[Top][All Lists]

[Date Prev][Date Next][Thread Prev][Thread Next][Date Index][Thread Index]

Re: Flex size_t sizes

From: Kaz Kylheku
Subject: Re: Flex size_t sizes
Date: Sat, 13 Nov 2021 13:04:10 -0800
User-agent: Roundcube Webmail/0.9.2


[Replying to HTML with HTML] 

On 2021-11-13 02:17, Hans Åberg wrote: 

> On 12 Nov 2021, at 23:41, Kaz Kylheku <kaz@kylheku.com> wrote: 
>> I see that, for instance on a Ubuntu 18 system here, there is a
>> /usr/bin/FlexLexer.h file.
>> This is an incredibly, incredibly bad idea.
>> Generated parser or scanner code must be 100% self-contained. The 
>> Flex-generated
>> code cannot be depending on some /usr/include/FlexLexer.h.
> It is what it is, and it Flex developed much, so it is better to use 
> something else.

But that is not true; there is a deployment problem here that is fairly
easily worked around. 

If the C++ flex is otherwise useful, why not. 

>> If there must be a FlexLexer.h, the thing to do is to arrange for the build
>> process to use a local copy of FlexLexer.h that is in your tree. As part of
>> generating the scanner, your Makefile (or whatever) steps should hunt down
>> this header file, stick it into your tree, and make the code refer to that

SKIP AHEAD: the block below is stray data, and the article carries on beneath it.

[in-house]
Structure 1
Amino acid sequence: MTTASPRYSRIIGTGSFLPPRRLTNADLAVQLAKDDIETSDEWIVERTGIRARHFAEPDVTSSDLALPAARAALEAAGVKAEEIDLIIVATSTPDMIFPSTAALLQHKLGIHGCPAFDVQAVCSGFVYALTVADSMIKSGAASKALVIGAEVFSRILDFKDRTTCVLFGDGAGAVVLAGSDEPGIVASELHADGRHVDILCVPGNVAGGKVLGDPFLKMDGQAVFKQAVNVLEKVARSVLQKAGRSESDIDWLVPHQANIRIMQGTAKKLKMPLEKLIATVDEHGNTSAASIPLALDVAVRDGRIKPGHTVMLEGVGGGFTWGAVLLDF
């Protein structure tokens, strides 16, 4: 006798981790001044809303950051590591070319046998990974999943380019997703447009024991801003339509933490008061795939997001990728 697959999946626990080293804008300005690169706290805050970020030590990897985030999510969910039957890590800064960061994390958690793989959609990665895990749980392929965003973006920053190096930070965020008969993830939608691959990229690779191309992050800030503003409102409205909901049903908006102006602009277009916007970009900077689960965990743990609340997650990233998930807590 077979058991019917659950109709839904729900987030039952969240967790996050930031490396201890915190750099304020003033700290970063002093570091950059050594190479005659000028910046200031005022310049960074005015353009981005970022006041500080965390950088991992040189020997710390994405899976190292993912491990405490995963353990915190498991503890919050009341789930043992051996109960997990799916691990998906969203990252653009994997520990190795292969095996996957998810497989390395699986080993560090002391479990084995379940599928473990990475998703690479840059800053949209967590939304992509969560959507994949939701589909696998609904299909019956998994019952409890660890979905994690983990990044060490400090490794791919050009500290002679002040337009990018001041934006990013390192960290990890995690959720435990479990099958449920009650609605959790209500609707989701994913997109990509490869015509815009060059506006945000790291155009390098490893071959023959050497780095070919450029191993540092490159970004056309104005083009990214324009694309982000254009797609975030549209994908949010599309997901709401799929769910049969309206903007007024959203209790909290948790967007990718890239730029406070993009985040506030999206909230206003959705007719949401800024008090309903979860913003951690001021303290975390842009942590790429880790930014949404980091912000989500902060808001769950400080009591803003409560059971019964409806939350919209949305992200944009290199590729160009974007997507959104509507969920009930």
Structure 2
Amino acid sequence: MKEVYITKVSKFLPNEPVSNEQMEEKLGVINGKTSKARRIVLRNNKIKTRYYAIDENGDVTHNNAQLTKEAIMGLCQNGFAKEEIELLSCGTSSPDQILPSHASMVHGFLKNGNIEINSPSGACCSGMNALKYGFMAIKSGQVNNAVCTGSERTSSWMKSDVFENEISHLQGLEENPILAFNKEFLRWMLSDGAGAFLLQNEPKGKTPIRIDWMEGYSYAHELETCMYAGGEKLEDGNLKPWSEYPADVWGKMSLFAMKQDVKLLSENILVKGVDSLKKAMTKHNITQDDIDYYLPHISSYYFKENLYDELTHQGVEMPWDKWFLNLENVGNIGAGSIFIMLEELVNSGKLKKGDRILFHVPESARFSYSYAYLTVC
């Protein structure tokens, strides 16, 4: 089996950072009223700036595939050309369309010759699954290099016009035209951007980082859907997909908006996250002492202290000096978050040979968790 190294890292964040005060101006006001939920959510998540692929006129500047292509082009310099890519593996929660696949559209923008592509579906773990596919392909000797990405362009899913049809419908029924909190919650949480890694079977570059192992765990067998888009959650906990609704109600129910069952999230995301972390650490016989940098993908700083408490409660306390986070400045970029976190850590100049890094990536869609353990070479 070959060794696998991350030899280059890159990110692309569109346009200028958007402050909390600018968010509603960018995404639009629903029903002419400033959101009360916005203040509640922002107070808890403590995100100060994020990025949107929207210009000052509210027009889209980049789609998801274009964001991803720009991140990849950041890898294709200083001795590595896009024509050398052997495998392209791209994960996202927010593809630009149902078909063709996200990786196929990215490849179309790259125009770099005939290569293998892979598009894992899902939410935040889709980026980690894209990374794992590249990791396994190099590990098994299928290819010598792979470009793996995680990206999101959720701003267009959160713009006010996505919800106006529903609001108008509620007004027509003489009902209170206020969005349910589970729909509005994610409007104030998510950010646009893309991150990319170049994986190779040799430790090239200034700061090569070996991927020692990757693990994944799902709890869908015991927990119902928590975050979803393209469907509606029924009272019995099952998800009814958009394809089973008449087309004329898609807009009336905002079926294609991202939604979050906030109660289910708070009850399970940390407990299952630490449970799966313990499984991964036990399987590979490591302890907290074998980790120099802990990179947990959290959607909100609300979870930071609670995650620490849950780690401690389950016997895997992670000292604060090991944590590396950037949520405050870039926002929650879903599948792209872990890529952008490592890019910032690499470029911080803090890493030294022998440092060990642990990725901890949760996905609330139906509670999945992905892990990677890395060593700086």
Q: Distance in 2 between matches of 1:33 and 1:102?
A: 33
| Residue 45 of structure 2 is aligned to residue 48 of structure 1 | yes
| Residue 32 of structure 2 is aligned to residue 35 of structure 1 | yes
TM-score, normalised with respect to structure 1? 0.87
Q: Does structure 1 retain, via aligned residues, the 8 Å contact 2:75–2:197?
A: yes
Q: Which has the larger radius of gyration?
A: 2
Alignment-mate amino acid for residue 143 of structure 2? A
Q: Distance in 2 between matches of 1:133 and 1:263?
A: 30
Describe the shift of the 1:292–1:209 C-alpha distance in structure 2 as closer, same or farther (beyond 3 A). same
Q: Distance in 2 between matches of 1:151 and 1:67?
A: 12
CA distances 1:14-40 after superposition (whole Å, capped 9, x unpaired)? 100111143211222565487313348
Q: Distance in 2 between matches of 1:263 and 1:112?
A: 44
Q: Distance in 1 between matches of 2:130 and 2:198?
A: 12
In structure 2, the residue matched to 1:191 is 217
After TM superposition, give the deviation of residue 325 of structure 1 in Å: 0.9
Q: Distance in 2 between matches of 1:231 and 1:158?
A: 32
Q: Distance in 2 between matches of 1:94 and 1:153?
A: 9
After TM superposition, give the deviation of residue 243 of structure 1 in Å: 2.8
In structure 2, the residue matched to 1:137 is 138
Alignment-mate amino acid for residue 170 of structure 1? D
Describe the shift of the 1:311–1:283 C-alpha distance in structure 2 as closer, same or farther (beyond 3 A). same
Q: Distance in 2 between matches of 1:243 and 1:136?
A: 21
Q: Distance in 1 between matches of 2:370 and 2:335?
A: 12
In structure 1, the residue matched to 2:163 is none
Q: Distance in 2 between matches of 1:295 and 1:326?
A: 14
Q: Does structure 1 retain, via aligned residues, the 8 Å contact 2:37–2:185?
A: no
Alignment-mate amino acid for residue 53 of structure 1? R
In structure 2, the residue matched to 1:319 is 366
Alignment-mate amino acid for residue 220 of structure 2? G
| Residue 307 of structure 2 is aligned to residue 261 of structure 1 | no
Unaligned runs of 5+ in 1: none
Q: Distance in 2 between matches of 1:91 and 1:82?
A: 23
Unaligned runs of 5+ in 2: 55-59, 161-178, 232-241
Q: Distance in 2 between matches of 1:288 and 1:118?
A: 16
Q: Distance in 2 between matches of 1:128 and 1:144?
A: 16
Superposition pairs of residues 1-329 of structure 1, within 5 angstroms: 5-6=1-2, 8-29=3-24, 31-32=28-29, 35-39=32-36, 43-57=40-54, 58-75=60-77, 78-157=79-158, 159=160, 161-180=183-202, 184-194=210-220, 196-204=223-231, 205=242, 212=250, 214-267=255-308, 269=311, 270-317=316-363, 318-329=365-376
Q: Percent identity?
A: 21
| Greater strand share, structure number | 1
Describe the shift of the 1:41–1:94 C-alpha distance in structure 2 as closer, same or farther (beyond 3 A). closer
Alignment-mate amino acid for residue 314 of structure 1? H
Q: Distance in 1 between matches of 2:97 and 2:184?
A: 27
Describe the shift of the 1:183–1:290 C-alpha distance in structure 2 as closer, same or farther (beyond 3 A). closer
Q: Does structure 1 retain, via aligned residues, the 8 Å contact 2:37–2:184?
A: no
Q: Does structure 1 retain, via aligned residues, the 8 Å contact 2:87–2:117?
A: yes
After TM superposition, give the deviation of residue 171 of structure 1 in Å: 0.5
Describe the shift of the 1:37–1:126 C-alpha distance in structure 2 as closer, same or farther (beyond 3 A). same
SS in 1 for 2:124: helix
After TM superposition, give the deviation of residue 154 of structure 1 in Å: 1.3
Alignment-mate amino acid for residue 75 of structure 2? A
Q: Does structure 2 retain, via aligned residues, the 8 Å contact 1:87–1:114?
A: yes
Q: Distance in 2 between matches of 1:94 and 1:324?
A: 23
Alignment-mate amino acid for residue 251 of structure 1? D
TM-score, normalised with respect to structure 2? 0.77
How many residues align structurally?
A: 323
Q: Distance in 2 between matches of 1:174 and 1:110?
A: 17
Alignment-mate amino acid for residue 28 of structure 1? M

>> copy.
>> Check that copy into version control, and make sure downstream users have it
>> as part of the distribution, and that they can build the scanner without
>> having any portion of Flex installed on their system.
> So this is a way, but if you do not want to ship it, then it must be present 
> elsewhere. And if you ship it, and the the .ll file is compiled with an 
> incompatible Flex version, it won't compile.

There is a subtlety here I might have buried in all my verbiage. 

This #include <FlexLexer.h> is an issue EVEN IF YOU TAKE THE PRUDENT

That's the problem! 

There should not be a problem if you ship the lex source code, and
expect the user to have Flex and run it to generate the code. Their
installation of the utility should match their <FlexLexer.h> header. If
not, they have a bad/inconsistent installation. 
Shipping the scanner should be immune to this kind of problem.

But even you ship Flex-generated code, it is not self-contained by
default: that generated code wants a Flex-specific C++ header from the
system. That requires Flex to be installed, and the right version, which
spoils the whole idea of just shipping the C code.

Though that is quite ridiculous, you can easily work around it by
shipping that header and somehow making sure that your lex.yy.cc file
finds that copy of the header and not some system installed one.

That's what I'm saying. 

reply via email to

[Prev in Thread] Current Thread [Next in Thread]